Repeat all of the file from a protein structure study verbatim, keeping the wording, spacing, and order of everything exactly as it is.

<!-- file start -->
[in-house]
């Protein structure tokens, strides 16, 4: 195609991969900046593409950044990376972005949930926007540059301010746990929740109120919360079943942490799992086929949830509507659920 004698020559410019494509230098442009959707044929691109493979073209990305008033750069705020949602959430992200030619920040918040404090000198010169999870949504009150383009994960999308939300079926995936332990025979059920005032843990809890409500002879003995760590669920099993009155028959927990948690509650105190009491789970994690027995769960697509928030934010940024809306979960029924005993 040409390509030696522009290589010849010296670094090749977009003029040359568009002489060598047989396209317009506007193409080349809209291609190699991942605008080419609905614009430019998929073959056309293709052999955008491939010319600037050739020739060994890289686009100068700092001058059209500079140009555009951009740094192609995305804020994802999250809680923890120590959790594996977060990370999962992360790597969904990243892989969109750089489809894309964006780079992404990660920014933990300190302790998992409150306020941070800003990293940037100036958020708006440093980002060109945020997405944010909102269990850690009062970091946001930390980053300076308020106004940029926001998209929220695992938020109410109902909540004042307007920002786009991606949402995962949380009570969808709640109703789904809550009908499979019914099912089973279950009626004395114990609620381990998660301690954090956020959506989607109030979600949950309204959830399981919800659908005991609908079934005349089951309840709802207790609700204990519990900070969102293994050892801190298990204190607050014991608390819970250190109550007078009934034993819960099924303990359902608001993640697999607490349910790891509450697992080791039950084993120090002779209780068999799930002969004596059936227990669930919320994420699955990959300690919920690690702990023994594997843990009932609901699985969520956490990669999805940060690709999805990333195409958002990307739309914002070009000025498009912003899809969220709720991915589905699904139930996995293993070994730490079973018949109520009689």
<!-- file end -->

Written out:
[in-house]
């Protein structure tokens, strides 16, 4: 195609991969900046593409950044990376972005949930926007540059301010746990929740109120919360079943942490799992086929949830509507659920 004698020559410019494509230098442009959707044929691109493979073209990305008033750069705020949602959430992200030619920040918040404090000198010169999870949504009150383009994960999308939300079926995936332990025979059920005032843990809890409500002879003995760590669920099993009155028959927990948690509650105190009491789970994690027995769960697509928030934010940024809306979960029924005993 040409390509030696522009290589010849010296670094090749977009003029040359568009002489060598047989396209317009506007193409080349809209291609190699991942605008080419609905614009430019998929073959056309293709052999955008491939010319600037050739020739060994890289686009100068700092001058059209500079140009555009951009740094192609995305804020994802999250809680923890120590959790594996977060990370999962992360790597969904990243892989969109750089489809894309964006780079992404990660920014933990300190302790998992409150306020941070800003990293940037100036958020708006440093980002060109945020997405944010909102269990850690009062970091946001930390980053300076308020106004940029926001998209929220695992938020109410109902909540004042307007920002786009991606949402995962949380009570969808709640109703789904809550009908499979019914099912089973279950009626004395114990609620381990998660301690954090956020959506989607109030979600949950309204959830399981919800659908005991609908079934005349089951309840709802207790609700204990519990900070969102293994050892801190298990204190607050014991608390819970250190109550007078009934034993819960099924303990359902608001993640697999607490349910790891509450697992080791039950084993120090002779209780068999799930002969004596059936227990669930919320994420699955990959300690919920690690702990023994594997843990009932609901699985969520956490990669999805940060690709999805990333195409958002990307739309914002070009000025498009912003899809969220709720991915589905699904139930996995293993070994730490079973018949109520009689």